One way round the first issue, and the one most commonly used in practice is to engineer various types of mice with malfunctioning immune systems. There are different flavours of such mice: the nude mouse, the athymic mouse, SCID (severe combined immunodeficiency) and so on. These different flavours of mice have become the model of choice for much cancer (and other disease) research. The immunodeficient mouse enables scientists to plant human cancers into the mice and then letting the tumours develop. Furthermore, this ease of transplanting tumours means that scientists can take any type of cancer and plant it somewhere in the mouse – very often it’s the flank because tumours there are easy to see and measure using callipers. Treatments can be assessed, basic research into the underlying biology can take place, we can learn a lot.
But of course we are not dealing with the real thing, by changing the immune system we have removed a key component of real animals and real people. And, as is becoming increasingly clear as the science advances, in real cancer, the immune system is more than just an innocent bystander. Real tumours work in concert with the local environment, recruiting some types of immune cells, subverting others or just sending out all kinds of cytokines and messages. Taking out the immune system removes this essential interplay.
Some of these problems are in the process of being addressed. For example, there is an increasing use of orthotopic xenograft models, where, for example, breast cancers are implanted in the mammary pads, or osteosarcoma cells implanted in bone etc. These at least have the merit of being implanted in the same kind of cells that they would in a human. It’s a step in the right direction, but we still have the issue that these are being implanted in immunodeficient mice. It is also generally the case that these orthotopic tumours do not necessarily grow in the same way in the mouse than they do in humans.
The next step in the process will be the development of mouse tumours that more closely resemble human tumours. These murine tumours will have been engineered to express similar pathways, and carry similar mutations to human cancers. They will be implanted into fully immunocompetent mice, and develop with the mouse immune system in play. There are already examples of such systems available, though in comparison to immunodeficient mice the cost is considerably higher, as is the skill required to care for them.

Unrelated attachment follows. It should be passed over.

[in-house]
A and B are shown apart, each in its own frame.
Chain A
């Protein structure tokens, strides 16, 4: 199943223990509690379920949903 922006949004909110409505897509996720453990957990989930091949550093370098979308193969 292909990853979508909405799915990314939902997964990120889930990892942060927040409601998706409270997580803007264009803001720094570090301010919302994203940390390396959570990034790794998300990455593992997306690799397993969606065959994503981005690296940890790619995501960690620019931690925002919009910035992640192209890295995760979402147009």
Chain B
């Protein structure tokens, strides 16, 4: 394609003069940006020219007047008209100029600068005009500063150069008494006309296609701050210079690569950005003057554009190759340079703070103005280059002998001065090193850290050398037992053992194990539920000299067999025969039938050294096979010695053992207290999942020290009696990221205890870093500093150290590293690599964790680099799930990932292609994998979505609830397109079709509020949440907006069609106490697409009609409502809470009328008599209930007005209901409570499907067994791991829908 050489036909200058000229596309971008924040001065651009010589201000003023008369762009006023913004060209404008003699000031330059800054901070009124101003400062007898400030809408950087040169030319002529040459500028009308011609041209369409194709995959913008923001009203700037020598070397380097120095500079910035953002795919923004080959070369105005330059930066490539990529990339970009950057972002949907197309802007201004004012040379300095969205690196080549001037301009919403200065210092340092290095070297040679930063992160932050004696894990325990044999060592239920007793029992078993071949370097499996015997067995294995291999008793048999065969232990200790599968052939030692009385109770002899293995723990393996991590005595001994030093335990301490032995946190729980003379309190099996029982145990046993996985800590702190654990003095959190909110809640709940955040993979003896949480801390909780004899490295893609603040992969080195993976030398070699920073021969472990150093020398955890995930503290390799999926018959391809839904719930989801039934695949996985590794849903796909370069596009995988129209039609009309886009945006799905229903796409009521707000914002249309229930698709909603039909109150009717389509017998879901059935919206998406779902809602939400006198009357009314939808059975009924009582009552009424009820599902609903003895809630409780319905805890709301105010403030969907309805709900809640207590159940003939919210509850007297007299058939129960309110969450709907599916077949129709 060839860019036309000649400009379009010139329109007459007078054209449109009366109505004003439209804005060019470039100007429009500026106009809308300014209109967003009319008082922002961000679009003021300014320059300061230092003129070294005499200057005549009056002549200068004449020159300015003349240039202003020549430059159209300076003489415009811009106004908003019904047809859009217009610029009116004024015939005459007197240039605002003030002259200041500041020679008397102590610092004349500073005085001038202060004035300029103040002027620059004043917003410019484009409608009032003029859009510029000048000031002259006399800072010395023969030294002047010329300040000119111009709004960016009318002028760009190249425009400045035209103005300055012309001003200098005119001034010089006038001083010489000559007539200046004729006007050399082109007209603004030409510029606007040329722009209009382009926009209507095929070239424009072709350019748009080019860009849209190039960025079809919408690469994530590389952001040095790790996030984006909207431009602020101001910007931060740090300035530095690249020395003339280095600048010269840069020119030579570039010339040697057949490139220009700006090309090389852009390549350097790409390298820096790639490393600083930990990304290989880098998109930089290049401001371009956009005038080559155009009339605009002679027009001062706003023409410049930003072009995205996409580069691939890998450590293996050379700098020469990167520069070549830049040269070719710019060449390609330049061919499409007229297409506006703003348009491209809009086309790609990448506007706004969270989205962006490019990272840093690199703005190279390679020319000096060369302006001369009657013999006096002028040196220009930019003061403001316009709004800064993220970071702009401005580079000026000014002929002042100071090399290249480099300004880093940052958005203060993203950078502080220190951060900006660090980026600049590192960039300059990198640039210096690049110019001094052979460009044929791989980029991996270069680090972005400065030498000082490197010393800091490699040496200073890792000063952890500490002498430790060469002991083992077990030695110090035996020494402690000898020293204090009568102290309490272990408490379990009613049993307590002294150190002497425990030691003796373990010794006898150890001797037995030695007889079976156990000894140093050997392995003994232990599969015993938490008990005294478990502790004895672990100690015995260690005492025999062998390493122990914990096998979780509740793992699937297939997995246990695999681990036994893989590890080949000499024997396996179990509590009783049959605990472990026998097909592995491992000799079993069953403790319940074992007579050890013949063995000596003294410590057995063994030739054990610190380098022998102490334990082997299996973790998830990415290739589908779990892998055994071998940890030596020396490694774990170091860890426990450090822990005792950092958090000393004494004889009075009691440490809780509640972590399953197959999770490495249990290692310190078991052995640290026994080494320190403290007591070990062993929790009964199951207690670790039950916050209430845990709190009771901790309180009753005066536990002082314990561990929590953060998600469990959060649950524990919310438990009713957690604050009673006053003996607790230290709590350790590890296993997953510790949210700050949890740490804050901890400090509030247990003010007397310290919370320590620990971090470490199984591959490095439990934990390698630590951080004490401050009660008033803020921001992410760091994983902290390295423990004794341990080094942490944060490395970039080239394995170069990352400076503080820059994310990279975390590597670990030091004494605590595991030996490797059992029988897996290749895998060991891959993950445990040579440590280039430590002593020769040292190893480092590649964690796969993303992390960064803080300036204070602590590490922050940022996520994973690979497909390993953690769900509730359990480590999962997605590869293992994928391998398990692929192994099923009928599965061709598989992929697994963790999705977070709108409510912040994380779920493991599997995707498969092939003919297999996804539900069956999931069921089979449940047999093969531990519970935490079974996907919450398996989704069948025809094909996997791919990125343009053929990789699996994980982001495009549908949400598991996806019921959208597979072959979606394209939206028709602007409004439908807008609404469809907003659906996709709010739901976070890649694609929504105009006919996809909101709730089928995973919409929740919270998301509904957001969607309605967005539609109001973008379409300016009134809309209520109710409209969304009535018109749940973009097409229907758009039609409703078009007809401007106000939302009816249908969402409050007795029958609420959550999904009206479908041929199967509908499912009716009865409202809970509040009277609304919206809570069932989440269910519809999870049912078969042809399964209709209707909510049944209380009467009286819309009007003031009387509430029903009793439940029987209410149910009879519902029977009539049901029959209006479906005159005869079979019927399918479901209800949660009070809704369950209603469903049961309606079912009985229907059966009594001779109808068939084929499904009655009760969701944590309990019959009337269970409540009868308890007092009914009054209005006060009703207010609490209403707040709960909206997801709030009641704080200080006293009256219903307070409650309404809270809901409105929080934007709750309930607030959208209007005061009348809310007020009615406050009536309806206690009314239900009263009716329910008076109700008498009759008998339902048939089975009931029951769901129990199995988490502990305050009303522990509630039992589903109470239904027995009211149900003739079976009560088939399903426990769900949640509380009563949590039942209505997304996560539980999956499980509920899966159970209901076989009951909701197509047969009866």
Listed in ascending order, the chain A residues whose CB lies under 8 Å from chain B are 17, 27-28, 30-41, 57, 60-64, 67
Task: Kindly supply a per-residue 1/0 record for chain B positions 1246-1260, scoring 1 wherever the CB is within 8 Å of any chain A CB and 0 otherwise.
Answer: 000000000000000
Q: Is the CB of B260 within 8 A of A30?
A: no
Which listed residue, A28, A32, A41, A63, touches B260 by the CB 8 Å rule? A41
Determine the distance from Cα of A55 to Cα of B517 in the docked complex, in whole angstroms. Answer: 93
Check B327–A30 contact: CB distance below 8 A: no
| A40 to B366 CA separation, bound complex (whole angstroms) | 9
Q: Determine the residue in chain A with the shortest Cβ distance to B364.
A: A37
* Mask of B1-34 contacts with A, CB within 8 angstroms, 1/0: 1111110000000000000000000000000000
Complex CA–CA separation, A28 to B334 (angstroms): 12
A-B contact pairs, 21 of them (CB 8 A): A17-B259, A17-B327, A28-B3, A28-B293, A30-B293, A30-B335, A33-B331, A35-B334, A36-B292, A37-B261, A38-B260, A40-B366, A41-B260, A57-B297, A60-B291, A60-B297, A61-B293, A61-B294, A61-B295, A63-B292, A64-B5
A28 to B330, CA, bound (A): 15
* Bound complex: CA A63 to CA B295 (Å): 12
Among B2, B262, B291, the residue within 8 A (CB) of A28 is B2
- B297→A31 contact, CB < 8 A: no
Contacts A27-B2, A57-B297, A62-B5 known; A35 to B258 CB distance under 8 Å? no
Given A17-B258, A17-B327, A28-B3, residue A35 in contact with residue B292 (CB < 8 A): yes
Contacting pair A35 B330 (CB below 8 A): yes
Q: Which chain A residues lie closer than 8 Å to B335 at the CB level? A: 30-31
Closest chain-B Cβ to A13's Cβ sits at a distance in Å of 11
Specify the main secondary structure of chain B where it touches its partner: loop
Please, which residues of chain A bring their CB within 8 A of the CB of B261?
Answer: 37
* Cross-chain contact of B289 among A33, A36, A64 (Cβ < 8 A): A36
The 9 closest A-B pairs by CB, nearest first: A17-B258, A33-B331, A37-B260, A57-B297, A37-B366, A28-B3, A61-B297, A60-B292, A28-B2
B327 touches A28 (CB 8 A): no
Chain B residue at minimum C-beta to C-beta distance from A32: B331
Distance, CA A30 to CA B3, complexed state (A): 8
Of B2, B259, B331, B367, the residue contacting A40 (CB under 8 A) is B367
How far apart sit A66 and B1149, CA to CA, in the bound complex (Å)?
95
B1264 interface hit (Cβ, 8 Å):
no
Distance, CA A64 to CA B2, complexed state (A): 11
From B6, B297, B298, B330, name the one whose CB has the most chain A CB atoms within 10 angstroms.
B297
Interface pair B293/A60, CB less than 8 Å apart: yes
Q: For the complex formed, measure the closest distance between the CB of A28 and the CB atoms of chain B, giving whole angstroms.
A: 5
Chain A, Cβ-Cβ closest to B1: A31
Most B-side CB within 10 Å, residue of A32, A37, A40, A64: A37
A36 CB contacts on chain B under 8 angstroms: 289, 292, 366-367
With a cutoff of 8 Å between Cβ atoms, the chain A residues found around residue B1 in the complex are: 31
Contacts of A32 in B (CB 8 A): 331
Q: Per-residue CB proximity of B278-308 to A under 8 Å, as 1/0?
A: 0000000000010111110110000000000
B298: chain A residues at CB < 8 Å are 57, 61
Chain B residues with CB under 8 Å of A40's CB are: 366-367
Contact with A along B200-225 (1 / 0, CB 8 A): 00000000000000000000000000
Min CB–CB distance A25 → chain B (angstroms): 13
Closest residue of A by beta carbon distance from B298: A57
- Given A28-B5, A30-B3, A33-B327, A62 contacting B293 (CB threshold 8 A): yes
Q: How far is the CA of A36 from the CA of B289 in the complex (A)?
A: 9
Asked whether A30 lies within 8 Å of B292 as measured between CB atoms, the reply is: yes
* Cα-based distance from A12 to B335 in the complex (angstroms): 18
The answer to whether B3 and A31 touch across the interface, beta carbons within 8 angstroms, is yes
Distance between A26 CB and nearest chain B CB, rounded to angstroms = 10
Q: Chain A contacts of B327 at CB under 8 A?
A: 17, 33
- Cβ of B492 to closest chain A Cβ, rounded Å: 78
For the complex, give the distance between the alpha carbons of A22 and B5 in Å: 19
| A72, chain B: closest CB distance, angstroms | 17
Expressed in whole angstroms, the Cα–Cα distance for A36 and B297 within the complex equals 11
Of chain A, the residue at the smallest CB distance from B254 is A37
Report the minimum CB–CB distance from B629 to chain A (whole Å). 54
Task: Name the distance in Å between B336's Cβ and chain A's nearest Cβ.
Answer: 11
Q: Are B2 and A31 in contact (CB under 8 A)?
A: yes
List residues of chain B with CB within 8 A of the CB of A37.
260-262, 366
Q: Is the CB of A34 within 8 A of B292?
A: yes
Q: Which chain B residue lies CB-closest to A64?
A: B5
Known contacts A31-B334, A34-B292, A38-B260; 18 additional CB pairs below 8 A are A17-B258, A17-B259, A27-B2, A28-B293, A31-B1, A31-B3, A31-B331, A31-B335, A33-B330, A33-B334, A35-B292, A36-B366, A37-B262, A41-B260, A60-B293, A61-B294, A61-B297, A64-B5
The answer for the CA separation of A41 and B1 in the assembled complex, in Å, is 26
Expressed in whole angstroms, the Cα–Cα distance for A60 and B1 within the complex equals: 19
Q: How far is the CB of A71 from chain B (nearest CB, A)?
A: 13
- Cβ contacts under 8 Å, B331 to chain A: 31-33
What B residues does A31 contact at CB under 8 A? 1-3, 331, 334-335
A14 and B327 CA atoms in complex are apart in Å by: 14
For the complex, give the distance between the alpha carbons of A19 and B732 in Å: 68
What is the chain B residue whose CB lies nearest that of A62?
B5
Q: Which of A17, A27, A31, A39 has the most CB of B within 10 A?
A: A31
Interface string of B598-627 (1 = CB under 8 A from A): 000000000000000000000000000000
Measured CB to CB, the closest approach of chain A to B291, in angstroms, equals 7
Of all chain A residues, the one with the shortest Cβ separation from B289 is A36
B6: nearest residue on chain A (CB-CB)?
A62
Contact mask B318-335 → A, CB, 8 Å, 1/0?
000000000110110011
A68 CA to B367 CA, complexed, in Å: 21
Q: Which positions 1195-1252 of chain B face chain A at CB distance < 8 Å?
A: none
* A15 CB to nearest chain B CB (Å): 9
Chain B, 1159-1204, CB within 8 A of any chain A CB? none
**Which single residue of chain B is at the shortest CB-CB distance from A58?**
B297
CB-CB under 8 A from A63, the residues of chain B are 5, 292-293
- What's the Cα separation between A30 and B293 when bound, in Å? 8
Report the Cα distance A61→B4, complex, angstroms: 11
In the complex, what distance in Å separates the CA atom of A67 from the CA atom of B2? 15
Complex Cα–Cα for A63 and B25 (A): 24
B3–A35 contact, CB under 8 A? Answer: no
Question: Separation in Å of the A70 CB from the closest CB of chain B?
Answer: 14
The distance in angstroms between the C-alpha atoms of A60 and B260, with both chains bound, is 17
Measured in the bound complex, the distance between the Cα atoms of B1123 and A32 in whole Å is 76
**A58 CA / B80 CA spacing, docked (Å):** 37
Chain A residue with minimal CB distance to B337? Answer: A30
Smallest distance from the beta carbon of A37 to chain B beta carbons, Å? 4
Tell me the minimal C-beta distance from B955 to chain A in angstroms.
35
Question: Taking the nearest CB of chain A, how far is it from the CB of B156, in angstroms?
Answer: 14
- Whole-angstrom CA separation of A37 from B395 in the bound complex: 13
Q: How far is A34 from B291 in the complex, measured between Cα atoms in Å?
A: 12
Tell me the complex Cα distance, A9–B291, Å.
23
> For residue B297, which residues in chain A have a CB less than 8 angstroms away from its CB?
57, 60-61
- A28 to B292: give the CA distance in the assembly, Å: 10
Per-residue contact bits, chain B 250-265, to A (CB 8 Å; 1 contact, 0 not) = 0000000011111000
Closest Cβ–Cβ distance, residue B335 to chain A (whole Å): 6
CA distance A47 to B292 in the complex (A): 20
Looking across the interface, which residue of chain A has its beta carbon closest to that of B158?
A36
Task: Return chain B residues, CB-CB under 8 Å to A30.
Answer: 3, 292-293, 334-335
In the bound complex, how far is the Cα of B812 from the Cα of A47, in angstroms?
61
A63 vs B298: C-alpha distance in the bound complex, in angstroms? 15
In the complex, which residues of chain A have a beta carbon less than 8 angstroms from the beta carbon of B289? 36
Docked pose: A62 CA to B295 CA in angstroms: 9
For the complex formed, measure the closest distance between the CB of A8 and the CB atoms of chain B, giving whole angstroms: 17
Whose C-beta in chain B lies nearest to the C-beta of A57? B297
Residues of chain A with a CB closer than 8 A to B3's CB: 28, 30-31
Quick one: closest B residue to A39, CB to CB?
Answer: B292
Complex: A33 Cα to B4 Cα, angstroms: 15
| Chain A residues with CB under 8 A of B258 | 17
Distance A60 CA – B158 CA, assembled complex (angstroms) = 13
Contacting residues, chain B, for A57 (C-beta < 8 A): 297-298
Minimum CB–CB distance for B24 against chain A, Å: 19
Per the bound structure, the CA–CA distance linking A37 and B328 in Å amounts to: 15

What about the treatments?
So far we have just focused on how closely mice with cancer match humans with cancer. But there are other things to look at when reading the results of experiments where mice have been treated with different agents. As before, let’s focus on the kind of substances that we can buy over the counter in supplement form: curcumin, quercetin, modified citrus pectins etc. The key question to ask is how was the substance delivered?
As patients or family, we are often looking for evidence that taking something like resveratrol has powerful anticancer activity. We’ve looked at the test tube results and are impressed. Now we look at the mice and rat experiments and the results look good. But are they?
In many animal experiments the substance being tested is not given orally. As with the test tube experiments, it’s often the pure substance that’s tested and not the metabolites. Most often the substance is injected intravenously or intraperitoneally (injected into the body cavity), or sometimes intramuscularly or subcutaneously. Often the substance has been dissolved in DMSO or other chemical. From the point of view of the experimenter this makes sense – you can guarantee the dose and control how much gets into the body. For us, this is not much help. We won’t be looking to inject, we want to take it in tablet or powder form.
There are cases, however, where the dose is oral. Normally this is described as by gavage – in other words it is inserted into the stomach via a tube. In some papers you’ll see that the agent is mixed into the diet or the drink and the mouse isn’t force fed. These are the experiments that are most interesting from our point of view. Good results here are normally worth taking note of. There are some things to be aware of, the most obvious being the translation of a mouse dose to a human dose, but there are standard formulae for doing that.
So, have we found our perfect experiment? If mice eating substance X at dose Y show good results against the type of cancer we are interested in, does that mean we should go ahead and start taking substance X too? Unfortunately we have to come back to looking at what type of mice were used…
Even if the results are good, you still need to know whether the mice were immunodeficient or not. You need to know whether the tumours were orthotopic or not. If human cancers were used, what subtype and how closely do the mice models match the human disease? You need to know what else was going on as regards diet and so on.
What's the point?
The point of all this is not to say that looking at mice models of cancer is no good. It’s just that there are so many caveats and so many discrepancies between what goes on in us and what goes on in mice and rats that we need to exercise caution. Time and again promising results in mice turn out to be failures in human trials. We, as patients or carers, need to exercise the same caution as the drug companies should when looking at results.
This also begs the question of how many wrong turns science has taken because of the difficulties of using mouse models. Who knows how many positive results have been missed because the mice were missing key components of the immune system? And how much time has been lost because fantastic results disappear when the immune system does come into play?
Finally, if you do find some great results in your search, then the obvious next place to look is at human trials. And that’s where we’ll look in the next part of this series.